Mauritius set to liberalise air services further for enhanced connectivity
The government of Mauritius is poised to implement the Bilateral Air Services agreement with various countries to improve air connectivity by further liberalising air services, among which count cargo operations between and beyond the territory of the contracting parties, and codeshare as well as cooperative arrangements between countries. (Image: govmu.org)
Mauritius is poised to implement various Memoranda of Understanding and Bilateral Air Services Agreements with Austria, the Czech Republic, Iceland, India, Indonesia, Kenya, the United Republic of Tanzania and Uganda that were concludedat the International Conference on Air Navigation held in Indonesia in November 2014.
It may be noted that these agreements are expected to help further liberalise air services and improve the air connectivity between the island economy and other countries.
During the International Conference on Air Navigation held in Indonesia last year, agreements were reached on multiple designations, increase in additional weekly frequencies to Mauritius, codeshare and cooperative arrangements between Air Mauritius and airlines of the respective countries as well as cargo operations between and beyond the territory of the contracting parties.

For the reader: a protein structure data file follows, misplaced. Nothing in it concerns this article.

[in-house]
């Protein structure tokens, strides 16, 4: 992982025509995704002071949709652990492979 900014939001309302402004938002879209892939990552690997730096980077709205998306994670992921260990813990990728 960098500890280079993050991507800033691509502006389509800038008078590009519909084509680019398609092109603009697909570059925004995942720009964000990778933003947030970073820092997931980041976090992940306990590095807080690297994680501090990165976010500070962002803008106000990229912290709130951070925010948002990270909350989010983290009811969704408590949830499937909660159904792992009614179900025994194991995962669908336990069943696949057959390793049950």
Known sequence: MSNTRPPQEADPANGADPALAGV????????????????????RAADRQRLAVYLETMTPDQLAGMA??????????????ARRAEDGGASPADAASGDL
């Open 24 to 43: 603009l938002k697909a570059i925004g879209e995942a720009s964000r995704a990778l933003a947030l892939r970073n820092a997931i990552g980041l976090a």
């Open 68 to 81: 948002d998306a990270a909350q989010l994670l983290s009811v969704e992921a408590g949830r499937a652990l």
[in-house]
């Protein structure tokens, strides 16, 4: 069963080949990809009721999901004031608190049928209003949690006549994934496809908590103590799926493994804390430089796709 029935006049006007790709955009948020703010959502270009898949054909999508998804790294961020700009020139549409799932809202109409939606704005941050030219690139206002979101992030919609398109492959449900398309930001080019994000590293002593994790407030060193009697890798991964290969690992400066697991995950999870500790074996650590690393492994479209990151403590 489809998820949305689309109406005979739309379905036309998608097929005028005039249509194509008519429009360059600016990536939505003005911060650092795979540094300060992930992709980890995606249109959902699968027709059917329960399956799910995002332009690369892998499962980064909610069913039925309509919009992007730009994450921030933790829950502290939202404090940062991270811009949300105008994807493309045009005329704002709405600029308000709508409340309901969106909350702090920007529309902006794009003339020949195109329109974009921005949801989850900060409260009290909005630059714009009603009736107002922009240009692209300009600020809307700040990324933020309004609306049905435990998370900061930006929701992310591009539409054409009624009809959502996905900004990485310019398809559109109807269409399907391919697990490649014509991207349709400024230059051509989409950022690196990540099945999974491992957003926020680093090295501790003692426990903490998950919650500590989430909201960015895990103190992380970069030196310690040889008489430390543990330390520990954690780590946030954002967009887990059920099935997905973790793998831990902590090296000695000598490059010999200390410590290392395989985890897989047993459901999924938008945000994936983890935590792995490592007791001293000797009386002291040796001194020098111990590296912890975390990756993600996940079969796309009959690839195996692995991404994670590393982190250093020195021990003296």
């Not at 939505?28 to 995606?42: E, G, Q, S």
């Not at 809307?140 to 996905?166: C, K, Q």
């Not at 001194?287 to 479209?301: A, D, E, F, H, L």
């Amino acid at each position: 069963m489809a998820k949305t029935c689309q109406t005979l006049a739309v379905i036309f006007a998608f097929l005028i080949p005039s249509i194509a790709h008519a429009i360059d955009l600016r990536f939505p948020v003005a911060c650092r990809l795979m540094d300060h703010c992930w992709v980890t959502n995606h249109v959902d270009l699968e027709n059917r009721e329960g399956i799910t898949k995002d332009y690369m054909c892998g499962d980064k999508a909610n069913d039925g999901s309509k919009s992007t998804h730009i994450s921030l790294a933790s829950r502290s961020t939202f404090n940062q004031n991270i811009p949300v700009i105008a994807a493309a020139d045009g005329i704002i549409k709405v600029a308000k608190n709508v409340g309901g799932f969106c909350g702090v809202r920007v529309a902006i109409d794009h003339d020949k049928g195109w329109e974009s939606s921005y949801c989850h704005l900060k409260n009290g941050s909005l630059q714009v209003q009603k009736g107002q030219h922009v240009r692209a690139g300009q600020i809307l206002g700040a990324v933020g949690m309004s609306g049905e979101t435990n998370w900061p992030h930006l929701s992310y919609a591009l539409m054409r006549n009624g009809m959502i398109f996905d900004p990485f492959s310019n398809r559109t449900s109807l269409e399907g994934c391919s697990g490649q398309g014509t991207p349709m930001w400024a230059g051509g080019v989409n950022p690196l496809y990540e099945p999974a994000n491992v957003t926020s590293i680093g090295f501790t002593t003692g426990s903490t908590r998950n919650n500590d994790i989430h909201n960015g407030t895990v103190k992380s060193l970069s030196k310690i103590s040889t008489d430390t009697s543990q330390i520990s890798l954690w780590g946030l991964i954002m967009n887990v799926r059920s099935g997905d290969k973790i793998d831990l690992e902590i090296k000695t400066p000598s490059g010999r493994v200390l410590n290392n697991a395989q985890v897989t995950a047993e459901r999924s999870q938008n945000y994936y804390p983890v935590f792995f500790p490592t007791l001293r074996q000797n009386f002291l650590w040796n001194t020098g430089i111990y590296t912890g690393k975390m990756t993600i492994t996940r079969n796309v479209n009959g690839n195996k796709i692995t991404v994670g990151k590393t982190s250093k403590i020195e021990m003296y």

The objective of the conference, coordinated by the International Civil Aviation Organisation (ICAO), was to facilitate ICAO Member States in their bilateral (or multilateral) air service negotiations and to improve the efficiency of the process by providing a central meeting place for States to gather and conduct such negotiations at one location.
The ICAO is a United Nations specialised agency, created in 1944 upon the signing of the Convention on International Civil Aviation (Chicago Convention).
It works with the Convention’s 191 Member States and global aviation organisations to develop international standards and recommended Practices which States reference when developing their legally-enforceable national civil aviation regulations.